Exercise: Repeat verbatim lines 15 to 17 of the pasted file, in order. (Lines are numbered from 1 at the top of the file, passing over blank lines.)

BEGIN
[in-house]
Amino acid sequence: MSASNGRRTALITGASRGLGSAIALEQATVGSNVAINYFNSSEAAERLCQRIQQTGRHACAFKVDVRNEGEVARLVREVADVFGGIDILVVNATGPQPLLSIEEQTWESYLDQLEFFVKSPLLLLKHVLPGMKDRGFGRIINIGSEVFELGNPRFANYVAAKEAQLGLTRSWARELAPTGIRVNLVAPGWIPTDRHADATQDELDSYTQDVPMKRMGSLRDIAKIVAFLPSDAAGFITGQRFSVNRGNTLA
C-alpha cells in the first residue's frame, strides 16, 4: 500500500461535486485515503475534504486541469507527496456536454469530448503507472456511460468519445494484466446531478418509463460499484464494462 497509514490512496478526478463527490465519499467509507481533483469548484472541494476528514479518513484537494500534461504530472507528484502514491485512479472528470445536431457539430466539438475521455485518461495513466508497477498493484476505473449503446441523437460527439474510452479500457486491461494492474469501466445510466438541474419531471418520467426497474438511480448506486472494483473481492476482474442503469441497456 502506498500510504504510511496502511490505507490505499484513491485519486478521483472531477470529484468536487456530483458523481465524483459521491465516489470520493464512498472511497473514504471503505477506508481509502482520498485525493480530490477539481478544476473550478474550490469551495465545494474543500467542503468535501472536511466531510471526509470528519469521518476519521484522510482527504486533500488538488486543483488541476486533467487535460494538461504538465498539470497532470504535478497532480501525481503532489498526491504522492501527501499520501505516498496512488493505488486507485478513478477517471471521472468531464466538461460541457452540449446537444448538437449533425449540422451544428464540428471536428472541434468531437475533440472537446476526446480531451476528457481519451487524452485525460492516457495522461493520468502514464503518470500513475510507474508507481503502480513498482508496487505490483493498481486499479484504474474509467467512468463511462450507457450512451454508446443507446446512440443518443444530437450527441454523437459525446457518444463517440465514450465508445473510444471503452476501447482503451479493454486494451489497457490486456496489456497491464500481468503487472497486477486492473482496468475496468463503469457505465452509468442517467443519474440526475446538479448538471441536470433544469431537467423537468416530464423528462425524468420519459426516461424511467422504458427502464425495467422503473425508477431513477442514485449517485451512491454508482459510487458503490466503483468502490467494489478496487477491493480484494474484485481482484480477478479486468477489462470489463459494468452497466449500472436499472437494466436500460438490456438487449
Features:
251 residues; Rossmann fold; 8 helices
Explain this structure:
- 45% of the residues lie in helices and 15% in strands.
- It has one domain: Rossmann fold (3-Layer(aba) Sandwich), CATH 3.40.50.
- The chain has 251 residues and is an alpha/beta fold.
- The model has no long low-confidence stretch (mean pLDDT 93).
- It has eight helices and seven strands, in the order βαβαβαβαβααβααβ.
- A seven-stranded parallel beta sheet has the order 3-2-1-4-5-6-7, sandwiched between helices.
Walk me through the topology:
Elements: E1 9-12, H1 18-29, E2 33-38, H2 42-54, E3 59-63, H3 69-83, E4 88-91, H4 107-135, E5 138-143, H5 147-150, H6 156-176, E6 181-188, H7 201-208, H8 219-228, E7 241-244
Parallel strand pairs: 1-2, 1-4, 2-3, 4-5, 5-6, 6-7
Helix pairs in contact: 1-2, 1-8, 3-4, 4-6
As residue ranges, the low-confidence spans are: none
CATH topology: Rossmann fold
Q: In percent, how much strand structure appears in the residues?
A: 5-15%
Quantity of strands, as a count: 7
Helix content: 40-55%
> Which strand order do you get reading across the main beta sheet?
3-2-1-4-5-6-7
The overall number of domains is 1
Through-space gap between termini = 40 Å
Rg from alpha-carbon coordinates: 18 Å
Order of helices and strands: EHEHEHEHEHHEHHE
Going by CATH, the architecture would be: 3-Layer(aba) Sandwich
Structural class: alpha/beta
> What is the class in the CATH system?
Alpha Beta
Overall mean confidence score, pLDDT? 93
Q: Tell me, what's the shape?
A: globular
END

Parallel strand pairs: 1-2, 1-4, 2-3, 4-5, 5-6, 6-7
Helix pairs in contact: 1-2, 1-8, 3-4, 4-6
As residue ranges, the low-confidence spans are: none